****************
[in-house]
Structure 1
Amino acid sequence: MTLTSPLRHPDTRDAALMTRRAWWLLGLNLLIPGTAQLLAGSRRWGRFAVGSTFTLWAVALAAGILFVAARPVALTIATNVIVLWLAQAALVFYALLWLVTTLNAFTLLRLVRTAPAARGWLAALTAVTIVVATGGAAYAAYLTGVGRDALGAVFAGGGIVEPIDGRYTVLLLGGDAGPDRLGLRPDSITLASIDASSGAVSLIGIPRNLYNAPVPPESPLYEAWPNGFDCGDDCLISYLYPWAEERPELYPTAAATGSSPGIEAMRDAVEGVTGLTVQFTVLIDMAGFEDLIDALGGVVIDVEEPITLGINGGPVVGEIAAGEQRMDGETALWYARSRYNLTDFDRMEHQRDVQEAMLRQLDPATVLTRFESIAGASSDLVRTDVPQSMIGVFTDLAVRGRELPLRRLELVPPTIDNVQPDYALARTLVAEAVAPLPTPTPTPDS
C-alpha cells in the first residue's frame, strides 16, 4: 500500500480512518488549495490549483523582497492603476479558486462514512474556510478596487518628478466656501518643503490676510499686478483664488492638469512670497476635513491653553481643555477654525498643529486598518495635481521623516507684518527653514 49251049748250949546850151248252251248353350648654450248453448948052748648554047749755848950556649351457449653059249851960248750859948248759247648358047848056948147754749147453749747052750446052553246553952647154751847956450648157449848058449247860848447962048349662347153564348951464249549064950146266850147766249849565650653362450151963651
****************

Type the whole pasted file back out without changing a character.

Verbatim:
[in-house]
Structure 1
Amino acid sequence: MTLTSPLRHPDTRDAALMTRRAWWLLGLNLLIPGTAQLLAGSRRWGRFAVGSTFTLWAVALAAGILFVAARPVALTIATNVIVLWLAQAALVFYALLWLVTTLNAFTLLRLVRTAPAARGWLAALTAVTIVVATGGAAYAAYLTGVGRDALGAVFAGGGIVEPIDGRYTVLLLGGDAGPDRLGLRPDSITLASIDASSGAVSLIGIPRNLYNAPVPPESPLYEAWPNGFDCGDDCLISYLYPWAEERPELYPTAAATGSSPGIEAMRDAVEGVTGLTVQFTVLIDMAGFEDLIDALGGVVIDVEEPITLGINGGPVVGEIAAGEQRMDGETALWYARSRYNLTDFDRMEHQRDVQEAMLRQLDPATVLTRFESIAGASSDLVRTDVPQSMIGVFTDLAVRGRELPLRRLELVPPTIDNVQPDYALARTLVAEAVAPLPTPTPTPDS
C-alpha cells in the first residue's frame, strides 16, 4: 500500500480512518488549495490549483523582497492603476479558486462514512474556510478596487518628478466656501518643503490676510499686478483664488492638469512670497476635513491653553481643555477654525498643529486598518495635481521623516507684518527653514 49251049748250949546850151248252251248353350648654450248453448948052748648554047749755848950556649351457449653059249851960248750859948248759247648358047848056948147754749147453749747052750446052553246553952647154751847956450648157449848058449247860848447962048349662347153564348951464249549064950146266850147766249849565650653362450151963651